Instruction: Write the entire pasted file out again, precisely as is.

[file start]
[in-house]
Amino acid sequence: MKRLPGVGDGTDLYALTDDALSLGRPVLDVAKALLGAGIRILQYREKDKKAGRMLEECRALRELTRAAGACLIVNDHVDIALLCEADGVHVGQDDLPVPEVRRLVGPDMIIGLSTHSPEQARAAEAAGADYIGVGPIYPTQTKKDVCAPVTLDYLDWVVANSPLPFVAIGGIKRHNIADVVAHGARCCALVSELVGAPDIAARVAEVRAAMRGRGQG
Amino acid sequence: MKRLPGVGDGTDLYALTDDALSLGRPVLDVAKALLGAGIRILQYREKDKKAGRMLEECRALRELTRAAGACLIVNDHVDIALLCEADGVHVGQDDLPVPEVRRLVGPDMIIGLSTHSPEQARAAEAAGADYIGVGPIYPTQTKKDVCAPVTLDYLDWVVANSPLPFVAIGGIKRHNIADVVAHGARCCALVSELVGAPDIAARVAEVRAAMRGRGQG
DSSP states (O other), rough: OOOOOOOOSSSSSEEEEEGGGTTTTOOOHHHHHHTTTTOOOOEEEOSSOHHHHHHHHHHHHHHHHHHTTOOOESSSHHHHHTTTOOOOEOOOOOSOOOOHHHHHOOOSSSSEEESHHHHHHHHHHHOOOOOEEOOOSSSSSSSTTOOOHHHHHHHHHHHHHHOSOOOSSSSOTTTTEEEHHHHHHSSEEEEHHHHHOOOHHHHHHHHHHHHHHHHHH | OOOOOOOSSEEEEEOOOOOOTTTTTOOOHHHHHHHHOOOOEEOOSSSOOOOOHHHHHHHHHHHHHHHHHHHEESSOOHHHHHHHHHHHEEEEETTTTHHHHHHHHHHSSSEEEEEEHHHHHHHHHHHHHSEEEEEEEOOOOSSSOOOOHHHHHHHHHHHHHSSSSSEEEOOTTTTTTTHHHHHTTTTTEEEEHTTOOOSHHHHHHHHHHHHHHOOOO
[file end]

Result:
[in-house]
Amino acid sequence: MKRLPGVGDGTDLYALTDDALSLGRPVLDVAKALLGAGIRILQYREKDKKAGRMLEECRALRELTRAAGACLIVNDHVDIALLCEADGVHVGQDDLPVPEVRRLVGPDMIIGLSTHSPEQARAAEAAGADYIGVGPIYPTQTKKDVCAPVTLDYLDWVVANSPLPFVAIGGIKRHNIADVVAHGARCCALVSELVGAPDIAARVAEVRAAMRGRGQG
Amino acid sequence: MKRLPGVGDGTDLYALTDDALSLGRPVLDVAKALLGAGIRILQYREKDKKAGRMLEECRALRELTRAAGACLIVNDHVDIALLCEADGVHVGQDDLPVPEVRRLVGPDMIIGLSTHSPEQARAAEAAGADYIGVGPIYPTQTKKDVCAPVTLDYLDWVVANSPLPFVAIGGIKRHNIADVVAHGARCCALVSELVGAPDIAARVAEVRAAMRGRGQG
DSSP states (O other), rough: OOOOOOOOSSSSSEEEEEGGGTTTTOOOHHHHHHTTTTOOOOEEEOSSOHHHHHHHHHHHHHHHHHHTTOOOESSSHHHHHTTTOOOOEOOOOOSOOOOHHHHHOOOSSSSEEESHHHHHHHHHHHOOOOOEEOOOSSSSSSSTTOOOHHHHHHHHHHHHHHOSOOOSSSSOTTTTEEEHHHHHHSSEEEEHHHHHOOOHHHHHHHHHHHHHHHHHH | OOOOOOOSSEEEEEOOOOOOTTTTTOOOHHHHHHHHOOOOEEOOSSSOOOOOHHHHHHHHHHHHHHHHHHHEESSOOHHHHHHHHHHHEEEEETTTTHHHHHHHHHHSSSEEEEEEHHHHHHHHHHHHHSEEEEEEEOOOOSSSOOOOHHHHHHHHHHHHHSSSSSEEEOOTTTTTTTHHHHHTTTTTEEEEHTTOOOSHHHHHHHHHHHHHHOOOO